One of the most exciting technical developments in biology in recent years is the emergence of photochemical methods for controlling electrical activity with light. Our goal in this project is to develop a broadly applicable method for controlling other aspects of cellular function by generating tools for conferring light sensitivity on a broad range of cell surface receptors and ion channels. To meet this challenge we will use a modular approach, utilizing a single "Universal Photoswitch" as the key light-sensing component. The photoswitch contains at its core the small isomerizable azobenzene moiety, which shortens and lengthens in response to 380 and 500 nm light, respectively. We will use this photoswitch to indirectly regulate receptor and channel activity, through an "adapter peptide", which contains a "capture domain", which recognizes the short, but not the long configuration of the photoswitch, and a ligand domain, which contains a peptide activator or inhibitor of the targeted cell surface receptor or ion channel. The capture domain is kept constant among all adapter peptides, allowing control by a single Universal Photoswitch, but the nature of ligand domain is tailored to regulate a specific receptor. Several strategies will be used to translate light-dependent capture of the adapter peptide into receptor activation or inhibition. These include dimerizing the adapter peptide with a dimeric photoswitch to activate growth factor receptors, and delivering the adapter peptide, including the ligand, to a G-protein coupled receptor via an antibody-tethered photoswitch. Other strategies may be developed to activate different types of receptors and ion channels. We will test the effectiveness of the Universal Photoswitch approach on two example receptors: the TrkB receptor for brain-derived growth factor (BDNF), a member of the neurotrophin family of receptor tyrosine kinases, and the receptor for neuropeptide Y, which is a GPCR-type receptor. Generating a method for light-sensitive regulation of these receptors will allow examination of their roles in development and neural function in intact tissue with unprecedented precision, but more importantly, it will demonstrate the emergence of a powerful new technique for receptor regulation that can be applied to any cell surface protein for which a known peptide ligand exists.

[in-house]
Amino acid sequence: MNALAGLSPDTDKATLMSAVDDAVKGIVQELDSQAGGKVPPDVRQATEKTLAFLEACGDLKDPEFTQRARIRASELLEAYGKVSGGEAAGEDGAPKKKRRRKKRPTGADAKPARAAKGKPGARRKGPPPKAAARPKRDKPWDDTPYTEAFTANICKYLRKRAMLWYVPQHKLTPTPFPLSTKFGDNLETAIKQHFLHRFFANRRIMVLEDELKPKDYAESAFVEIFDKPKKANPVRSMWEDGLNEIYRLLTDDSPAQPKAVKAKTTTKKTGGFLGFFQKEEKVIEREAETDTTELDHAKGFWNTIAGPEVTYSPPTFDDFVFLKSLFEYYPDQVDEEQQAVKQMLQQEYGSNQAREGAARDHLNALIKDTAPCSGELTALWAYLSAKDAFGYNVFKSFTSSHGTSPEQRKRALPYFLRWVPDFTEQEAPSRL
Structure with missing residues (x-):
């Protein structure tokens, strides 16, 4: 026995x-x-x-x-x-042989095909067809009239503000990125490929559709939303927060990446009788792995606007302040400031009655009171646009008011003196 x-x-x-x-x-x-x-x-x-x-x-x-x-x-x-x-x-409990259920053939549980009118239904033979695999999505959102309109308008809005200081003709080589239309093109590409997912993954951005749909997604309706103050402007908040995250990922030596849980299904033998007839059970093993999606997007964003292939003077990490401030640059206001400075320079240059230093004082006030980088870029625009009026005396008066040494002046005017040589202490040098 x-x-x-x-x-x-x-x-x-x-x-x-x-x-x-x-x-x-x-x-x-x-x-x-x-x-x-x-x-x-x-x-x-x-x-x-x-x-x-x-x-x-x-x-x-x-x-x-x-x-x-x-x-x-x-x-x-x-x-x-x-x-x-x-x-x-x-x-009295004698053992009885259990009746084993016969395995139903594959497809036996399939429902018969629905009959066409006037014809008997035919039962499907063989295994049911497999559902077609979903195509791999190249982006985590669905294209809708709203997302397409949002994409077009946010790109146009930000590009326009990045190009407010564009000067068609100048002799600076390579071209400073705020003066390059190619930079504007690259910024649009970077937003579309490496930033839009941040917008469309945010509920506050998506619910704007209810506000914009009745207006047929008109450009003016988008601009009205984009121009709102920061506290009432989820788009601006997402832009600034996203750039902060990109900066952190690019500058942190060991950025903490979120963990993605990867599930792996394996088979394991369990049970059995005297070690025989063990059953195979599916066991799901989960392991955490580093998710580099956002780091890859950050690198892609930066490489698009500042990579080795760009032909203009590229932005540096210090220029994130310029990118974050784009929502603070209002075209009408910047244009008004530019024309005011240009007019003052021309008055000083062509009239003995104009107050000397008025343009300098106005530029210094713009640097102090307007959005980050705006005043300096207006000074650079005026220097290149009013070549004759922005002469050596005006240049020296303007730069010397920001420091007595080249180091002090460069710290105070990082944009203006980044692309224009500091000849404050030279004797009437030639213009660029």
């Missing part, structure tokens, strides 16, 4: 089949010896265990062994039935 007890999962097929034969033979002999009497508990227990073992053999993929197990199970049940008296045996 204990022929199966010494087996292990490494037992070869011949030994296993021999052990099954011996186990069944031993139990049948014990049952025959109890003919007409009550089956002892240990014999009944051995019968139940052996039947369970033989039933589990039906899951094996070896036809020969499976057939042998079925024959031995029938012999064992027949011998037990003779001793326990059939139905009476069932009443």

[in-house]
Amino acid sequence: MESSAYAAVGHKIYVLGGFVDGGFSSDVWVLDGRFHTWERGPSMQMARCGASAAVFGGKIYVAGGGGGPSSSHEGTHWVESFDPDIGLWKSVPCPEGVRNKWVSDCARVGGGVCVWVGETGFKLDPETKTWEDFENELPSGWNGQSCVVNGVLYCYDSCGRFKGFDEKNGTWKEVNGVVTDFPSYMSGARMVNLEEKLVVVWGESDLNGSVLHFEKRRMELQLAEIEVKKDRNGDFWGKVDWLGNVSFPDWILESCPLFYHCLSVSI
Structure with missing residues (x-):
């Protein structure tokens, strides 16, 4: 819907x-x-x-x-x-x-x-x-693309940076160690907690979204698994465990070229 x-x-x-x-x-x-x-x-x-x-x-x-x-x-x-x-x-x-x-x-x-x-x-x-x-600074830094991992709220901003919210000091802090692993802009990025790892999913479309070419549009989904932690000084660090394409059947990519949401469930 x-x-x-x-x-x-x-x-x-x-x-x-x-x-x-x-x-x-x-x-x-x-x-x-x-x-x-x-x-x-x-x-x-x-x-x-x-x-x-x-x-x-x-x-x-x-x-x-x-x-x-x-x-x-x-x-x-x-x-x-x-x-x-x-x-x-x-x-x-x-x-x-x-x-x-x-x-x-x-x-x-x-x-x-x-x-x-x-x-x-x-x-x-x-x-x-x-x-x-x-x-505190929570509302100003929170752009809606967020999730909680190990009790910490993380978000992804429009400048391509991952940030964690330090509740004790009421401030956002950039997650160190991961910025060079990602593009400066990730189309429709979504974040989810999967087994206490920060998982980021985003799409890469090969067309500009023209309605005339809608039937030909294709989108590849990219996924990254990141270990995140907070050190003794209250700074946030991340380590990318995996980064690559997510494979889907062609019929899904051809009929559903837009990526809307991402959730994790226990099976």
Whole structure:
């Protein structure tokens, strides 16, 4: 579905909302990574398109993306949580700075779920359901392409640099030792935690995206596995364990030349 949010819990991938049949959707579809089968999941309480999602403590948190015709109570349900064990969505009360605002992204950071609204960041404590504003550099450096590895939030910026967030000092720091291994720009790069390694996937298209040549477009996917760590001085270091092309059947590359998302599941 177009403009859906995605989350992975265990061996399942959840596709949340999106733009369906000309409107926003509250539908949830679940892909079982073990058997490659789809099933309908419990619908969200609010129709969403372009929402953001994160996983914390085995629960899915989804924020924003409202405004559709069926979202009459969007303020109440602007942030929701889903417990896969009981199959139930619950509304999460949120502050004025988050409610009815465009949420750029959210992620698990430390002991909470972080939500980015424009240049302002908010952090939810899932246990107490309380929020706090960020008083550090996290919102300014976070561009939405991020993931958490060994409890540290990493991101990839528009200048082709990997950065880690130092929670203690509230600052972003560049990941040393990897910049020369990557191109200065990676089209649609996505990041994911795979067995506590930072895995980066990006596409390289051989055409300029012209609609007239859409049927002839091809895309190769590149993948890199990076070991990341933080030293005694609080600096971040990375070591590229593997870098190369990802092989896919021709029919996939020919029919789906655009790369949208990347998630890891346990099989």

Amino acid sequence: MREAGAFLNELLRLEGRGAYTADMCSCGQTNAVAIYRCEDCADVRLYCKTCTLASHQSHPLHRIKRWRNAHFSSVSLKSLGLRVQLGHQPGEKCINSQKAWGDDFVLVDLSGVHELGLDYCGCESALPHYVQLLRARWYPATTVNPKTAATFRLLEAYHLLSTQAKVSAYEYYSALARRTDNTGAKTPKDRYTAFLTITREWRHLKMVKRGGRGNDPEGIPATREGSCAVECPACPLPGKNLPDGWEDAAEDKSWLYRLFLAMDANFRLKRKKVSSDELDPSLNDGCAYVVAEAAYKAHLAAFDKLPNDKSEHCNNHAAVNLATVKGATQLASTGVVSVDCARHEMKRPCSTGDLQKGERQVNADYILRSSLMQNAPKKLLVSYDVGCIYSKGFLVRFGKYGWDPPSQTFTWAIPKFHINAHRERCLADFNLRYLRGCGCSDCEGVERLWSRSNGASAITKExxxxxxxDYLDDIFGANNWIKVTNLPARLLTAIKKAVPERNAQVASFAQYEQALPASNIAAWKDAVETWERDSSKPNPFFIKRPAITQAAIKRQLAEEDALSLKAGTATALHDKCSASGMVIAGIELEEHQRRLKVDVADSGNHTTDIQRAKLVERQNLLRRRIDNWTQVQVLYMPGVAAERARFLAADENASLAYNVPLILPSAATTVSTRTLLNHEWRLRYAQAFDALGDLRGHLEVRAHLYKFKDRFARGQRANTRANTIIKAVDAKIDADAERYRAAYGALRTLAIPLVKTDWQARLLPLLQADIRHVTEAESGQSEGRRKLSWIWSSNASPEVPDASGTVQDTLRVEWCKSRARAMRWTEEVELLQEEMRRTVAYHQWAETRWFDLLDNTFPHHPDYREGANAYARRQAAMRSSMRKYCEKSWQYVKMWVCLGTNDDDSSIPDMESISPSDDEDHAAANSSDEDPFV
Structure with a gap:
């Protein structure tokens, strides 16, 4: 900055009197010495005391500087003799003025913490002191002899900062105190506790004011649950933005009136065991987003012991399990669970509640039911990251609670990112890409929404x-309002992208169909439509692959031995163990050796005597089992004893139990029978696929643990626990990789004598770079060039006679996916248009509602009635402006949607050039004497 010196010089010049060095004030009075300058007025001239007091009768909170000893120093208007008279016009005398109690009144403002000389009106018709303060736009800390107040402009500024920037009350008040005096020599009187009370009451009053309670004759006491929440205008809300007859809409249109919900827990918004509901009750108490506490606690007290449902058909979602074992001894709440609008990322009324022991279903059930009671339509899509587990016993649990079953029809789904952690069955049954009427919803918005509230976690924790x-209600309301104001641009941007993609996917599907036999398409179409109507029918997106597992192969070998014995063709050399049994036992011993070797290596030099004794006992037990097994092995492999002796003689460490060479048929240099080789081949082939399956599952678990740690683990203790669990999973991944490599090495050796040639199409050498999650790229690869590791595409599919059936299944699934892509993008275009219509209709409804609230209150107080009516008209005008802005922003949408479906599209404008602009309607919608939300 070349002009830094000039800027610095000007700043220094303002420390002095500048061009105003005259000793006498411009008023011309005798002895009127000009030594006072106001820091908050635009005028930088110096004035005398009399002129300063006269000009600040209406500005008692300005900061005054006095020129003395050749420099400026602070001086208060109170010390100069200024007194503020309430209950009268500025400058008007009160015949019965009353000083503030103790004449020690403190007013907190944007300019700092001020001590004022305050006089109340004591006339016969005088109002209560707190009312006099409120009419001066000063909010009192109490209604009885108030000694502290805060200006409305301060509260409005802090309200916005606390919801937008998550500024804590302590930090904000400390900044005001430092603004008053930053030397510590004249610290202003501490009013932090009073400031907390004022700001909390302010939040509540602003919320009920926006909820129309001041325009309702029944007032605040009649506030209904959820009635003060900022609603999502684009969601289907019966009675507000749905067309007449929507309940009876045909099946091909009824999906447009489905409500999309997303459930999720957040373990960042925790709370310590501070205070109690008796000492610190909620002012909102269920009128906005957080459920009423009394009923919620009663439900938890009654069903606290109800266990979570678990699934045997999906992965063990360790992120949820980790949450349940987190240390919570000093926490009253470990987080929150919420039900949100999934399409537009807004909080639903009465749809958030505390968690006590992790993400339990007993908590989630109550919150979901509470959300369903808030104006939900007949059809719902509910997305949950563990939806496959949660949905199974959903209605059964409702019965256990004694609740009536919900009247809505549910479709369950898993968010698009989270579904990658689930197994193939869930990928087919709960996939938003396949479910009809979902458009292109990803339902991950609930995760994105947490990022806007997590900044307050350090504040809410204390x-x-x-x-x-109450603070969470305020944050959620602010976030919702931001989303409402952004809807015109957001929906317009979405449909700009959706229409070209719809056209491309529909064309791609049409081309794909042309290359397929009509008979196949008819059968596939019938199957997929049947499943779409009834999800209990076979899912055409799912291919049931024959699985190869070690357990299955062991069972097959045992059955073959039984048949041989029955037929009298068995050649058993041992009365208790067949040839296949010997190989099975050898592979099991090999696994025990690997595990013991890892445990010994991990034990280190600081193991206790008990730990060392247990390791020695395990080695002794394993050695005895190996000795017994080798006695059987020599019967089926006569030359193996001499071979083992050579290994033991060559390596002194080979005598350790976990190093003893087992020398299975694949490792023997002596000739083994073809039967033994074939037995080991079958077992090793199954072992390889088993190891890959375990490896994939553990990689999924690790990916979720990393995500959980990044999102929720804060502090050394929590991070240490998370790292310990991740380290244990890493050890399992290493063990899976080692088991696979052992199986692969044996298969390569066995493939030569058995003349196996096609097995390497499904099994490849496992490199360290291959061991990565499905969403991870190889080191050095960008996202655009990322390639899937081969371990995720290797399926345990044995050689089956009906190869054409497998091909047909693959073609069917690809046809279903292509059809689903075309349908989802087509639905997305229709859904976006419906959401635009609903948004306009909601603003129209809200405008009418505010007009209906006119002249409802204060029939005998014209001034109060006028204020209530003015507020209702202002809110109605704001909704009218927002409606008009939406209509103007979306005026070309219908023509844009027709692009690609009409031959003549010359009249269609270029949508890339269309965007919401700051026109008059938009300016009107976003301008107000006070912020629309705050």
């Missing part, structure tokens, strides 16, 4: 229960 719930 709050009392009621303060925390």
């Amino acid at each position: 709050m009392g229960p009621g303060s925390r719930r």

Our goal is to develop a single photochemical switch that can be interfaced in a combinatorial manner with many types of cell surface receptors to enable precise temporal, spatial, and biochemical control over neuronal functions.
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